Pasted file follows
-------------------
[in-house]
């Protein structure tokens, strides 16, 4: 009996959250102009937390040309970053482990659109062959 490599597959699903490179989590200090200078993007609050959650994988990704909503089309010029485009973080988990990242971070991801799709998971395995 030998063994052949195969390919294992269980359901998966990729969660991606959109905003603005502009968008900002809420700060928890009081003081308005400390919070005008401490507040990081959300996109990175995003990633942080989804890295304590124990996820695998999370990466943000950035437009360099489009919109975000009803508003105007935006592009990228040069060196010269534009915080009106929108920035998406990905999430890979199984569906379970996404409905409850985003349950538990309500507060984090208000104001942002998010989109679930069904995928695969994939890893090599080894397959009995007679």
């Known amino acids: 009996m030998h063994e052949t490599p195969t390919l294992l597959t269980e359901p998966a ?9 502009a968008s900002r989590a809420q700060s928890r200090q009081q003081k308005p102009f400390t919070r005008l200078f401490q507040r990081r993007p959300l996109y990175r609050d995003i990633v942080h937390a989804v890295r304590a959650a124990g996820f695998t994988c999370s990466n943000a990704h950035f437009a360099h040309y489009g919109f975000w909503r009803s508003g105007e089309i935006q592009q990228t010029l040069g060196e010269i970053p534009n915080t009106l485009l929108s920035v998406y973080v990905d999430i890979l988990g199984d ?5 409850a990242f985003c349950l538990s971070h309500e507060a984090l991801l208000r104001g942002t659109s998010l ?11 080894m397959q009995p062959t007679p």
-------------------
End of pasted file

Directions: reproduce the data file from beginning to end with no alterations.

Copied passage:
[in-house]
């Protein structure tokens, strides 16, 4: 009996959250102009937390040309970053482990659109062959 490599597959699903490179989590200090200078993007609050959650994988990704909503089309010029485009973080988990990242971070991801799709998971395995 030998063994052949195969390919294992269980359901998966990729969660991606959109905003603005502009968008900002809420700060928890009081003081308005400390919070005008401490507040990081959300996109990175995003990633942080989804890295304590124990996820695998999370990466943000950035437009360099489009919109975000009803508003105007935006592009990228040069060196010269534009915080009106929108920035998406990905999430890979199984569906379970996404409905409850985003349950538990309500507060984090208000104001942002998010989109679930069904995928695969994939890893090599080894397959009995007679």
């Known amino acids: 009996m030998h063994e052949t490599p195969t390919l294992l597959t269980e359901p998966a ?9 502009a968008s900002r989590a809420q700060s928890r200090q009081q003081k308005p102009f400390t919070r005008l200078f401490q507040r990081r993007p959300l996109y990175r609050d995003i990633v942080h937390a989804v890295r304590a959650a124990g996820f695998t994988c999370s990466n943000a990704h950035f437009a360099h040309y489009g919109f975000w909503r009803s508003g105007e089309i935006q592009q990228t010029l040069g060196e010269i970053p534009n915080t009106l485009l929108s920035v998406y973080v990905d999430i890979l988990g199984d ?5 409850a990242f985003c349950l538990s971070h309500e507060a984090l991801l208000r104001g942002t659109s998010l ?11 080894m397959q009995p062959t007679p």